• Albion 3 - 0 Reading, 25.02.2017

    Back to the Amex, off the back of what felt a HUGE win in a tricky fixture at Barnsley – an unchanged Albion ran out to a boisterous crowd, lubricated by the early evening kick-off, and buoyed by the afternoon’s Championship results – both Newcastle and Huddersfield dropping points – the Toon, in what looked a home banker.



    For Albion fans of anything but the newest vintage, the Royal’s style of play was immediately familiar – a carbon copy of Gus Poyet’s Albion on a poor away day – lengthy spells of harmless deep possession – outrageous but pointless passing stats for the centre backs and holding midfielder. This is not to denigrate what Jaap Stam has achieved in quick time – the Reading fans, like many of our own did, will take time to acquire the necessary patience for this game-plan, but they shouldn’t lose sight of the massive improvement the Dutchman has overseen.

    They were dreadful last season, and sit fourth in the current table – given backing in a couple more transfer windows to mould the squad better for the style, and he’ll have them challenging very hard indeed. A glaring example of this, is the keeper – I’ve loads of time for Ali Al-Habsi – but he’s not the man for Stam’s (or Poyet’s) football – decent shot stopper but lacks the composure or ability with his feet to reliably pass short around the back. Chris Hughton, if he hadn’t highlighted this in advance of the game (he probably had) then he’d certainly identified it after ten minutes.

    Reading played out from the back. The Albion employed a mixed plan – sometimes letting them get on with safe passes 20 yards from their own goal, and crowding out their midfielders – sometimes pressing hard as a front four, to harry and force mistakes. Stam – again like Gus – is not a man to compromise – his charges stuck to their plan, even once it became clear that they were tactically disadvantaged, and the Albion took full advantage.

    Chance were at a premium in the first half hour – Anthony Knockaert showing flashes of menace, once he’d shaken off a first minute ‘reducer’ from Tyler Blackett – a challenge that surely only avoided a card due to the timing of it. Albion’s French talisman combined beautifully with Bruno, before firing across the six yard box, inches in front of the rampaging skipper’s lunge.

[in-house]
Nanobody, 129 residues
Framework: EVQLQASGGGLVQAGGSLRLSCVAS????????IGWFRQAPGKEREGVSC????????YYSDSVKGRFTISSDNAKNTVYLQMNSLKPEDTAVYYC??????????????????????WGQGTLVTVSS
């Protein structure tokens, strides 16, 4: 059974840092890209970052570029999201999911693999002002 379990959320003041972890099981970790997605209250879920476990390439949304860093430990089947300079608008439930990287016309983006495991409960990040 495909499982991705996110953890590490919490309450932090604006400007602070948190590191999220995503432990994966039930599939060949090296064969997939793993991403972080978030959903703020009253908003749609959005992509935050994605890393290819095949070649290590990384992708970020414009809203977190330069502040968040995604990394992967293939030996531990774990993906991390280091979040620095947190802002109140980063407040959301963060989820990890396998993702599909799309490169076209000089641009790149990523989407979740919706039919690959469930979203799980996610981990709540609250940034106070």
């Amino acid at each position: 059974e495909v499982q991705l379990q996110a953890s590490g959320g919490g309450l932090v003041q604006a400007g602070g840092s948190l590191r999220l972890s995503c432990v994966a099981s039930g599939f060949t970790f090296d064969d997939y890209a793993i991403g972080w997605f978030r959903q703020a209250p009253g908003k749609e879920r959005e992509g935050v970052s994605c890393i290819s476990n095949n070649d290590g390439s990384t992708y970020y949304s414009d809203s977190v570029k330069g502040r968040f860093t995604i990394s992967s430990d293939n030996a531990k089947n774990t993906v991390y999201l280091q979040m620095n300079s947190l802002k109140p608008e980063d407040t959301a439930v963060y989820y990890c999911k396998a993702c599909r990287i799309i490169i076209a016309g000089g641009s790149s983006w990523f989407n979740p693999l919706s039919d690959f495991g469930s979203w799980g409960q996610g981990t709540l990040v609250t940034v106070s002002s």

Then suddenly the game burst into life, with two big chances apiece in space of a couple of minutes – first Baldock striking the far post, with a 25 yard curler, before Williams aimed a free header into the grateful arms of David Stockdale, then Knockaert cutting inside and shooting tamely at Al Habsi, before Beerens’ close range angled effort was repelled by Stockdale’s feet.

    As both sets of fans regained breath from the near-misses, the Albion made one count, through the on-fire Sam Baldock – bringing the ball down over his shoulder from Bruno’s delicate chip, before holding off Paul McShane, and crashing the ball into the roof of the net. Another high-quality goal, alongside the likes of the sublime shimmy and strike v QPR, and the belting volley last week – ‘Super Sam’ is quietly putting together his very own goal of the season compilation.

    This latest one takes the number 9 to ten league goals for the season, incredibly the fourth Albion player to get to get there, after Murray (16), Knockaert (11) and Hemed (10). To put that in context, only one other club even has TWO players into double figures, and they are 23rd in the league. Albion players currently occupy four of the top fourteen places in the Championship top scorer charts… http://www.bbc.com/sport/football/ch...ip/top-scorers

    For further context, it is 38 years since the Albion last had four players in double-digits, and this vintage have done it with almost a third of a season to spare. The lads have properly gone goal-mental!

    The sides left the field, with the sombre, appreciative applause for former Seagulls skipper Paul McCarthy ringing in their ears. Young Albion supporters really are spoiled these days – not just with the surroundings and quality of football, but by having a squad rammed with great players, visibly giving their all for the cause. It hasn’t always been like that, but McCarthy was one of the best, in a tough time for the club. Fearless and solid as a rock, and able to play a bit, too – a rarity for a lower-league centre half, especially back then. Signed at just 18, Paul was, I think, the first Albion player younger (by six months) than myself that I saw play for the first team. As such, I’ve somehow always thought him a youngster – even once he had racked up hundreds of Albion and Wycombe appearances – so to hear of his tragic sudden passing, has been pretty sobering.

    Tributes paid, the crowd returned to their seats, and the players to their changing rooms, for instruction. For Hughton one of his more comfortable ones – it’s a truism that it is much easier to control a game when you’re winning it. A goal behind, you get nothing for your back-line possession stats, so Stam would have to open up. Back out you go lads, soak it up, press them when they reach half-way, hit them on the break. Like taking candy from a (six foot four, bald, scary) baby.

    A scare soon after the restart – Bruno caught in the chest by Beeren’s studs – dramatic collapse – collective anxious holding of breath – then up he springs like nothing had happened. Odd.

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